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  1. #1
    Stridder44's Avatar
    Stridder44 is offline Universal Traveler
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    Computer makers sued over hard-drive size claims

    Check it here. Personally, Im glad they're doing it. I hope they win. It's lame for them to advertise something that isn't.
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  2. #2
    Krevinek's Avatar
    Krevinek is offline Evil PPC Tweaker
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    I hope it fails, and it will be an uphill battle. There is an actual REASON why this 'missing space' happens... It has to do with how OSes count Kilo, Mega, Giga, Tera, etc... and how drive manufacturers count Kilo, Mega, Giga, Tera. Drive manufacturing counts Kilo/Mega/Giga/Tera as factors of 1000 (10^3 is Kilo 10^6 is Mega, etc) which is accurate, but OSes count space different due to a trick to save CPU time on old machines. They count in factors of 1024 (2^10 is Kilo, 2^20 is Mega, etc). Because of this difference, what you see spewed back on the computer screen is less than what is written on the box you buy.

    To be honest, the wrong groups are being targetted with this lawsuit. Apple, Sun, Microsoft and others should be sued for making OSes that deceptively use 1024 when 1000 should be used for these standard prefixes. There have even been prefixes assigned for a counting system where Kilo = 1024 (Kibi, Mebi, Gibi, Tebi, etc)... but OS makers refuse to use them.

    The drive manufacturers are advertising it just fine... so are the computer makers. Especially if you are smart enough to read the fine print on what 1 GB really equals. However, the OS is the one giving the false reading.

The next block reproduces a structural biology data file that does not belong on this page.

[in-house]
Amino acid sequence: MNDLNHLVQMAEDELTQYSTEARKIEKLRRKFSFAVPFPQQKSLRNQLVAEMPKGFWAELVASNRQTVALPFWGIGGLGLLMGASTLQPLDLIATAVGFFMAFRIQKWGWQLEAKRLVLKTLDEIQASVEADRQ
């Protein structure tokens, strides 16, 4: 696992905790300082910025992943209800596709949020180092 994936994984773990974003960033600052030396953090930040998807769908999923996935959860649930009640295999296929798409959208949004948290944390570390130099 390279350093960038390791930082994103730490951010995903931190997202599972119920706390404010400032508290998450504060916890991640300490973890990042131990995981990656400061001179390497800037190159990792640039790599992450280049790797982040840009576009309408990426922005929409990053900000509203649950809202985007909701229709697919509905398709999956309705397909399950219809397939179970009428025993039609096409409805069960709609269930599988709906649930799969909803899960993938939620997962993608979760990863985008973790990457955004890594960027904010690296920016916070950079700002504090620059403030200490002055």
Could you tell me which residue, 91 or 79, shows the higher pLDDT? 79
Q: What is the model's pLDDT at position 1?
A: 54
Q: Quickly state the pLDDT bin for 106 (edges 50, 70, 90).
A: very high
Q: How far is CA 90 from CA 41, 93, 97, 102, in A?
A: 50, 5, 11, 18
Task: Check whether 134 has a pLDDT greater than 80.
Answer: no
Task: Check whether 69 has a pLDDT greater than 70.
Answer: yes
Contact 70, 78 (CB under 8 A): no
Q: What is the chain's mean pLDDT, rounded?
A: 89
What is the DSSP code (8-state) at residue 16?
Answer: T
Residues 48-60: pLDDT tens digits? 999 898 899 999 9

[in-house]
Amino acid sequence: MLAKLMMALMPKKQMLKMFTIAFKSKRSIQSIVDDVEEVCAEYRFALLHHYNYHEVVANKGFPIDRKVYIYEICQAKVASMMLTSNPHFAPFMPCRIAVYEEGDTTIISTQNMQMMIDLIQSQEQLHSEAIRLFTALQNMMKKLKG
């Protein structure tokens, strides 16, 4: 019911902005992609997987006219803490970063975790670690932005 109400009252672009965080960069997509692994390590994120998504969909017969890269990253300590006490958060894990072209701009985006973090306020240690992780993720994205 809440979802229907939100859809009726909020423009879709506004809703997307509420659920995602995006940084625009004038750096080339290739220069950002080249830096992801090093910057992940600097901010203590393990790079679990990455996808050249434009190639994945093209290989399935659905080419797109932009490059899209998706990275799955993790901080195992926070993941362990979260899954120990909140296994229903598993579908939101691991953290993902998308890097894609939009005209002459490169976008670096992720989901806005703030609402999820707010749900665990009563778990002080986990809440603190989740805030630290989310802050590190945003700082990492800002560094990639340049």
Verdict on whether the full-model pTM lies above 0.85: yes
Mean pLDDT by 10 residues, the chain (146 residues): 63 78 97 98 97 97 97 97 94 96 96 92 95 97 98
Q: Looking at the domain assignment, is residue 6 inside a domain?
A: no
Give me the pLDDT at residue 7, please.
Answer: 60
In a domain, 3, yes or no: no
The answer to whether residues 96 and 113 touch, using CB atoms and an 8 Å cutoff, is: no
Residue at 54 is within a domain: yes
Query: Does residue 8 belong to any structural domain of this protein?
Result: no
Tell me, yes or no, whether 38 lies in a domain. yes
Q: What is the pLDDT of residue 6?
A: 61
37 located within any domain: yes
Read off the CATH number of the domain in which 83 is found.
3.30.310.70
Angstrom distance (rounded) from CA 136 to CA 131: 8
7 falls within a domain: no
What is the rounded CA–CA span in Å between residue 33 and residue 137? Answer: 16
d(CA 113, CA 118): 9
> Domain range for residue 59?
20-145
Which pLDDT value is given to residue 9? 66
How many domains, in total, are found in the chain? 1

Essentially, it boils down to the fact that you ARE getting what you are told you are getting, but the OS is counting what you have in a different manner, giving the illusion of less space.
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  3. #3
    Ricky's Avatar
    Ricky is offline Registered User
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    I hope they win. It's false advertising, to tell you the truth. Yes, I am aware that HDs are measured in 1,000 MBs, but the average consumer doesn't. You can't make up your own non-standard unit of measurement.
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  4. #4
    Arden's Avatar
    Arden is offline Where mah "any" keys at?
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    Krev, you're facts are correct but your logic is flawed. It is because the OS reads a drive as a factor of 2, not of 10 (1024 is a factor of 2, 1000 is a factor of 10) that the lawsuit should win. Drive manufacturers should make their 150 GB drives 150 GB of 1024-byte KB, not 1000-byte KB... in other words, they should make them 161,061,273,600-byte drives, not 150,000,000,000-byte drives. This is something that has bugged me for a long time, and it's nice to see someone doing something about it.
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  5. #5
    GroundZeroX's Avatar
    GroundZeroX is offline Searching for logic